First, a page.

For those of us who grew up during the “Cold War,” the word “Kremlin” has a particular connotation, not altogether warm and fuzzy. As far as I knew then, it was synonymous with the Soviet government, that cabal of mysterious leaders who, in Khrushchev’s words, would eventually “bury us.” Of course had I bothered, I could have discovered much more about the truth of the Kremlin, although its image probably would not have changed much in my imagination.
The word itself is more of a generic description than an actual name, somewhat the equivalent to the English word “citadel,” and as such is used to describe similar sites in other Russian cities such as Yaroslavl and Smolensk. It is the one in Moscow to which it almost invariably refers however, and it is that one that interests us now.
Recently I had the good fortune to visit Moscow and of course, could not have left without dedicating a good bit of time for a visit to the Kremlin. As I passed through the outer wall of the famous citadel, I couldn’t help but think that a few decades earlier I would have been immediately arrested and never seen again had I actually gotten this far. Times have changed, however, and the once forbidden Kremlin is now one of the city’s most popular tourist destinations. It’s not difficult at all to see why as soon as you pass through its mighty walls.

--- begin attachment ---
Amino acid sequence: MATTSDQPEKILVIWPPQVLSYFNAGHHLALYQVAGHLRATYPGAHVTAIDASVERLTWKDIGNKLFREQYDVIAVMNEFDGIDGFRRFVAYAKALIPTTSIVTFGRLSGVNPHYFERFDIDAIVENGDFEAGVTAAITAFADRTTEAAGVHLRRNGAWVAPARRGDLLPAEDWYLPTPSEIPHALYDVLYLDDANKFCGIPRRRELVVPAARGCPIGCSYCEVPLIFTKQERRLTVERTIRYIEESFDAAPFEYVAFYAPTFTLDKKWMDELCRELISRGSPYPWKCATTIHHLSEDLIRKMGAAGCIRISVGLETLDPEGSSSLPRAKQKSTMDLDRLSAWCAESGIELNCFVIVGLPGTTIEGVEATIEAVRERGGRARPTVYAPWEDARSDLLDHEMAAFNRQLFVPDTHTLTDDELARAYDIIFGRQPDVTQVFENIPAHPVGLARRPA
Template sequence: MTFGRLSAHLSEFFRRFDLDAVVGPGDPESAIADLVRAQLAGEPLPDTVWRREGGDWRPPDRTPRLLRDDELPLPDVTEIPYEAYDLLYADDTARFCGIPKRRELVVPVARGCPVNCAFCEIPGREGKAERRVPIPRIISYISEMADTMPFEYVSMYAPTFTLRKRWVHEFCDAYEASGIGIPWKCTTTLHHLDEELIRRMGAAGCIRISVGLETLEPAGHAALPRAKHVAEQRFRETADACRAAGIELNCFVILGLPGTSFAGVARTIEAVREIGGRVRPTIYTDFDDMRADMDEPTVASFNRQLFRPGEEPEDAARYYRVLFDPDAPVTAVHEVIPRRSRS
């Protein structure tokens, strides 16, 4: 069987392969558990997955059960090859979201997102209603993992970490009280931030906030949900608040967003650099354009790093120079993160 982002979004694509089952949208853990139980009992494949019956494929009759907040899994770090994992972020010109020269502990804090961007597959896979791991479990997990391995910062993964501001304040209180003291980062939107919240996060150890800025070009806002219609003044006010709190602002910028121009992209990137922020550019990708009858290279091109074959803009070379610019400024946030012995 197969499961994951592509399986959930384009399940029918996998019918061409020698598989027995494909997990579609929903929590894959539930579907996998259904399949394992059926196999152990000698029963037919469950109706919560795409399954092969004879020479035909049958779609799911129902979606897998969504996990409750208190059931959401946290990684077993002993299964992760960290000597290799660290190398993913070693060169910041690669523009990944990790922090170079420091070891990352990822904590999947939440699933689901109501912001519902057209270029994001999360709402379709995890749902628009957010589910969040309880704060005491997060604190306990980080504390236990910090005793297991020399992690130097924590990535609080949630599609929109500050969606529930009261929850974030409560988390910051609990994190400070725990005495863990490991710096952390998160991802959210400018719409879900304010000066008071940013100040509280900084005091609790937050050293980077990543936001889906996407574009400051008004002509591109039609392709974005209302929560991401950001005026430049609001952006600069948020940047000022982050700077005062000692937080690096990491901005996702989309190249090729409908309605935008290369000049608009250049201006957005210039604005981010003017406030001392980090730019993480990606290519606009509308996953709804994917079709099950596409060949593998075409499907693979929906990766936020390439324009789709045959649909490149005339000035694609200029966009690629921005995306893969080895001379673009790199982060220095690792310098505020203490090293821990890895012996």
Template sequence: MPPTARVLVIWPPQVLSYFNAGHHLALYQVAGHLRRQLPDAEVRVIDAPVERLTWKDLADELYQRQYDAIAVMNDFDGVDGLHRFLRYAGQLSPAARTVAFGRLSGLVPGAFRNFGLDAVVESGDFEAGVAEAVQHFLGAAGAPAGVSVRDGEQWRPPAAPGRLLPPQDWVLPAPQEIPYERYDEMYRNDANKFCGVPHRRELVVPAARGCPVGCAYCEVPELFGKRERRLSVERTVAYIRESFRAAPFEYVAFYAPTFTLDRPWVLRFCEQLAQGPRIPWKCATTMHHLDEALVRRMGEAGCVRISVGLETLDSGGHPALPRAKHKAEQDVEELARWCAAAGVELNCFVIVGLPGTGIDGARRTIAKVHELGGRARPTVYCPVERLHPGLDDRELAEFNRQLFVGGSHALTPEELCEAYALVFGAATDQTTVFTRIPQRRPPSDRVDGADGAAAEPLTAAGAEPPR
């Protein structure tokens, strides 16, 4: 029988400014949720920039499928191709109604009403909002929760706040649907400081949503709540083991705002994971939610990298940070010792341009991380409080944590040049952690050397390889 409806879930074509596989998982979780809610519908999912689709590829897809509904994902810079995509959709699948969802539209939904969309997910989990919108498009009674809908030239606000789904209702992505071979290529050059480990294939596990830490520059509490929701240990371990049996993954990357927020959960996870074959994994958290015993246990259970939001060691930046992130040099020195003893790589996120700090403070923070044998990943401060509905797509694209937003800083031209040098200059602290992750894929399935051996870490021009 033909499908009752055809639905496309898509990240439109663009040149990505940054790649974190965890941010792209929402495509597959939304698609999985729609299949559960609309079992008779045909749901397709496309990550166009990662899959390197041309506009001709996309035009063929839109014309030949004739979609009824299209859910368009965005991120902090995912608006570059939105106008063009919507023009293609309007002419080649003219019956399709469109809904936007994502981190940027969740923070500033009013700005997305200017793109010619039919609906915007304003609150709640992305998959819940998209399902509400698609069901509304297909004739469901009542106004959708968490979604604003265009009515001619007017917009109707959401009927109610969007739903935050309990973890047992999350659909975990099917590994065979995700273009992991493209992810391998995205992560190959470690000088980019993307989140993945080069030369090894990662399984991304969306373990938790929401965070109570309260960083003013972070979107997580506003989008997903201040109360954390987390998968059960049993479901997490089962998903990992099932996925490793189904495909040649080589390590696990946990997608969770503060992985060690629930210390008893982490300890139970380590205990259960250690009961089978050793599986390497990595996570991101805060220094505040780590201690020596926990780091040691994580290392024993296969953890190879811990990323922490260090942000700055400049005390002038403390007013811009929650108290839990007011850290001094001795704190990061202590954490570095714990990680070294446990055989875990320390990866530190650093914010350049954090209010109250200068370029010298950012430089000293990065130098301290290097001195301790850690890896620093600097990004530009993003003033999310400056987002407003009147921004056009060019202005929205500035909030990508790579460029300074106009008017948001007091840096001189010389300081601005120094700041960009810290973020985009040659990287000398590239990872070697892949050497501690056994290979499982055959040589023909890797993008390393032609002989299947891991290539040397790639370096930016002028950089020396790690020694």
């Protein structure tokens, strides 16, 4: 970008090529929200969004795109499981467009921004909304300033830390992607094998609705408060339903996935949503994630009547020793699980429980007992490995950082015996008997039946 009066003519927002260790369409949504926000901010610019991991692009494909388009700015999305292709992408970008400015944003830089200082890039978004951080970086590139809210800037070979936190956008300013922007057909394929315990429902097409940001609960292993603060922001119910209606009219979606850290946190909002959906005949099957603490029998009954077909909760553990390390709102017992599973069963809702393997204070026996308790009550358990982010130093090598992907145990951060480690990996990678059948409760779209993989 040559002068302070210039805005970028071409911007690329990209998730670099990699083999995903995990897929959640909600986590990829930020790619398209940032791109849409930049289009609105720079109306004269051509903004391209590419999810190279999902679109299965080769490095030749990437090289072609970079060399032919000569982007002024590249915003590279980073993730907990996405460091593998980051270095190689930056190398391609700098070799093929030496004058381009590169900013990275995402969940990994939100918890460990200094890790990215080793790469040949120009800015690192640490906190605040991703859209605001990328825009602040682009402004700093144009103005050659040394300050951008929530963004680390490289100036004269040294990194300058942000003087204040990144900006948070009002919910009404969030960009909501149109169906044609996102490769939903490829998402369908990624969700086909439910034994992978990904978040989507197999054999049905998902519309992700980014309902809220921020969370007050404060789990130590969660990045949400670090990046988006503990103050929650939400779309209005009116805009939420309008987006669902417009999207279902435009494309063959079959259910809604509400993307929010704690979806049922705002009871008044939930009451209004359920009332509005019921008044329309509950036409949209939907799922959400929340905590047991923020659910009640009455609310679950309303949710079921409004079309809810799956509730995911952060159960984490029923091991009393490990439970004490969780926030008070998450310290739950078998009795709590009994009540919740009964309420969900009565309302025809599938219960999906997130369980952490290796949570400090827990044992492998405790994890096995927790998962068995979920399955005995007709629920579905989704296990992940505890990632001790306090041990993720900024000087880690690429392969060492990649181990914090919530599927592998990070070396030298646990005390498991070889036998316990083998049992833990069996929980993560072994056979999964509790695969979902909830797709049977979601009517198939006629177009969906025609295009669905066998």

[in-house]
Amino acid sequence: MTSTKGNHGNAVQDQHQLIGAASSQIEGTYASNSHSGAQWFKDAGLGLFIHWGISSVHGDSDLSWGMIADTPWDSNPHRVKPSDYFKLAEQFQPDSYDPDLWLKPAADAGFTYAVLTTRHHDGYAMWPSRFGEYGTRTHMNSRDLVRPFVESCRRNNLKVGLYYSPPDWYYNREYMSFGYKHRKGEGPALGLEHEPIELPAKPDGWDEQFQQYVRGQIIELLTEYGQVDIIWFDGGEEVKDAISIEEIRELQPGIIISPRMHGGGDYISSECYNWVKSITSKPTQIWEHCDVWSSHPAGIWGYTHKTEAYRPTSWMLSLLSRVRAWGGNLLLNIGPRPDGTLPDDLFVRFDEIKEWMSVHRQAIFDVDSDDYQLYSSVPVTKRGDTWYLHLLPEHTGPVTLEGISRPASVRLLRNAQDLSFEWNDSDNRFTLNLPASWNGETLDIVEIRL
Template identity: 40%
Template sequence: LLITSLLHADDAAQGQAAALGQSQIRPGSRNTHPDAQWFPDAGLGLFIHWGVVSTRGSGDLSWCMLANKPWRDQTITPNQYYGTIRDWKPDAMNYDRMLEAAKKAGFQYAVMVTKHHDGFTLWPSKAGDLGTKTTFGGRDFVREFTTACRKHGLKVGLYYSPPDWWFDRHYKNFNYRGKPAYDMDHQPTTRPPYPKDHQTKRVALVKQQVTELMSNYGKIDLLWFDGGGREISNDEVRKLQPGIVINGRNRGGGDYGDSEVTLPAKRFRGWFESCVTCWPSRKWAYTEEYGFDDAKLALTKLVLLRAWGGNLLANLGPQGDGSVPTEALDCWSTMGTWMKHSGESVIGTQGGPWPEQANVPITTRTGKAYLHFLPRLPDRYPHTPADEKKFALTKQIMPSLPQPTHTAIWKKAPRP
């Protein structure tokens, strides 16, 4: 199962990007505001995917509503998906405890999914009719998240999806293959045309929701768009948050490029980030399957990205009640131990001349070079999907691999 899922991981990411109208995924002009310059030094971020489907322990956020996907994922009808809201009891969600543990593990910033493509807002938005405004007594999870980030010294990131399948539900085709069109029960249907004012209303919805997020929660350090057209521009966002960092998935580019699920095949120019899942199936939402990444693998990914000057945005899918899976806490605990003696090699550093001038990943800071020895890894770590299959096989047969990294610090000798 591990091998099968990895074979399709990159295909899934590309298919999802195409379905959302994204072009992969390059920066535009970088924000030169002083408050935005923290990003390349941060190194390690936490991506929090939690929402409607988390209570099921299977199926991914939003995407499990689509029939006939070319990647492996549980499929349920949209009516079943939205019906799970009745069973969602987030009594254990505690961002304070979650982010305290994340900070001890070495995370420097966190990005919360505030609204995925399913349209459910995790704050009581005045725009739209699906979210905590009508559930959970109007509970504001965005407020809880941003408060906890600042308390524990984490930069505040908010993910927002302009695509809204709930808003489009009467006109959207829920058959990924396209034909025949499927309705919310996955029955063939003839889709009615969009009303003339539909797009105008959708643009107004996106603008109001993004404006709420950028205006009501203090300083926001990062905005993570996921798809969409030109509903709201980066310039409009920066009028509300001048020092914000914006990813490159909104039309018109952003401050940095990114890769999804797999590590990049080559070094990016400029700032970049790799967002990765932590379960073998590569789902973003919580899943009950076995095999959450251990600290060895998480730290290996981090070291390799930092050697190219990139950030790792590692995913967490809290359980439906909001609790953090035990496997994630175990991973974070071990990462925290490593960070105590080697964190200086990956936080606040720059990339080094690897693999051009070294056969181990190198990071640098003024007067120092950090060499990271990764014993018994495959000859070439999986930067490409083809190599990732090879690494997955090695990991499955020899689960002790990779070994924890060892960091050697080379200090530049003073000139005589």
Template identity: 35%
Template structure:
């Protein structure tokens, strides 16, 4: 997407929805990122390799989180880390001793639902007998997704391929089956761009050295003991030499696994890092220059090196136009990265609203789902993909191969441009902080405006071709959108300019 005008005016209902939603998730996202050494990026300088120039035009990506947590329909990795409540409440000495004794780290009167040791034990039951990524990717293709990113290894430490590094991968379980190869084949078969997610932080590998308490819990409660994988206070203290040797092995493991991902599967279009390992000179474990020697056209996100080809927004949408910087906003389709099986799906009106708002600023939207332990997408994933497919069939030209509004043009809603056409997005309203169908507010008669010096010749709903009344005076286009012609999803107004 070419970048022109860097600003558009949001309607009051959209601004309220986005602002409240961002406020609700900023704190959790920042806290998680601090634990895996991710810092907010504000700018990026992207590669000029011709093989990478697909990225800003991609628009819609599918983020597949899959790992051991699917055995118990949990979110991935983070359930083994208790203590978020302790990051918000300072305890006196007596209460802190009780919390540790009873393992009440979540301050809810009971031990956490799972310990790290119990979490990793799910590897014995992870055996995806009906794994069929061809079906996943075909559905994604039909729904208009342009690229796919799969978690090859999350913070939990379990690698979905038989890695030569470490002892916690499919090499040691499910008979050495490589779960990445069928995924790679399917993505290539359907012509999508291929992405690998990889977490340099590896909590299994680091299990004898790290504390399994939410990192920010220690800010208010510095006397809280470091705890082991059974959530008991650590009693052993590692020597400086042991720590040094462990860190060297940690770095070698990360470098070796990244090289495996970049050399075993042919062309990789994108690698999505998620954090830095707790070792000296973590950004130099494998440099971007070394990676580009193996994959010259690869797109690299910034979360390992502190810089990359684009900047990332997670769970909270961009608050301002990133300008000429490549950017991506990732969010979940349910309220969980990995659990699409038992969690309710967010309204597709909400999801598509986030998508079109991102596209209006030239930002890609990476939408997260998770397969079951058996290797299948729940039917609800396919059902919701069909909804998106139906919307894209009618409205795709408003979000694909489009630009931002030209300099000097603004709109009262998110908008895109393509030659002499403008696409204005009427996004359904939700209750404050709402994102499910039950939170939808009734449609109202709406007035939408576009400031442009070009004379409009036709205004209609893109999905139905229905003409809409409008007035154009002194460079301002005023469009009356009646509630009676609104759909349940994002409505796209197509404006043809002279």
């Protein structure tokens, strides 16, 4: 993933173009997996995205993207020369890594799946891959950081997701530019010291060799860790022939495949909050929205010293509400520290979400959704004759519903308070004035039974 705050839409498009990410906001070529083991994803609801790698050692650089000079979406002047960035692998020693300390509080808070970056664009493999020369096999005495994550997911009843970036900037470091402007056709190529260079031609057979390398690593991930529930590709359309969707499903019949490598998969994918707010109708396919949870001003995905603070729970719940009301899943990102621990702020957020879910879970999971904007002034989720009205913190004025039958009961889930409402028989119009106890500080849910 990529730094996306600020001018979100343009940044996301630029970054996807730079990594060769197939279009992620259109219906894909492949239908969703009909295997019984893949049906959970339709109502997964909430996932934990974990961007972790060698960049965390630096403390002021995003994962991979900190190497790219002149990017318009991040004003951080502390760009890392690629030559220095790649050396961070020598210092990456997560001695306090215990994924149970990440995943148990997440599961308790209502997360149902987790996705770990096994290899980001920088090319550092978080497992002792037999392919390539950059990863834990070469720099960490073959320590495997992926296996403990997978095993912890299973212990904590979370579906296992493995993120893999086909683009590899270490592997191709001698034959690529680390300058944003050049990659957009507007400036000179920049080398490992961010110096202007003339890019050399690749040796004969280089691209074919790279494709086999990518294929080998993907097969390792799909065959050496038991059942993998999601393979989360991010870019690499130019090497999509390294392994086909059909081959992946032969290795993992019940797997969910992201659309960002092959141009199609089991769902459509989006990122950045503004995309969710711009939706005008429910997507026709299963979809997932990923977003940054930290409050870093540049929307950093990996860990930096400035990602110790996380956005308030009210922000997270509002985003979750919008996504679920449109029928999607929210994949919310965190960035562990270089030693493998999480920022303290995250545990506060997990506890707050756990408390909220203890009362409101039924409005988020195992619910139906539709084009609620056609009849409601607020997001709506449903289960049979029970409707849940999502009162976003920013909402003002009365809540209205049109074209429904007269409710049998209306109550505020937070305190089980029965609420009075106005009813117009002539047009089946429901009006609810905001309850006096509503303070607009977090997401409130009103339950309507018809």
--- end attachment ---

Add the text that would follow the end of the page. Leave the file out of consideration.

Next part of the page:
The first major attraction is found at the below street level entrance to the famous Kremlin Museum, and if not for the usually long line of visitors it could easily be missed and passed right by. What really draws the attention however, is the collection of cathedrals crowning the aptly named Cathedral Hill. There are three magnificent cathedrals there and two more churches to complete the set. If I had done my homework as a kid, I would have known that these religious structures not only existed in but dominated the Kremlin. But alas, I hadn’t done it so I was truly surprised to see such an imposing spiritual component of the heart of what President Reagan had called the “evil empire.”
If you can withstand the magnetic attraction of these beautiful buildings, it would be good to step over to the Kremlin Museum first and take advantage of the culture and history lessons it offers. Splendid examples of the enormous wealth of past empire are housed in its several sections and include items that you will likely never see outside its walls, ranging from the fur lined crowns of Russia’s first Tsars to the beautiful Faberge jeweled eggs of its last. You will leave the Museum with a much better sense of and feeling for the power and magnificence of Russia’s past empires and perhaps an insight into the psychology and character of today’s Russia.
After leaving the windowless galleries, stepping out into the fresh air to behold the architectural splendor of the Kremlin is a refreshing change. …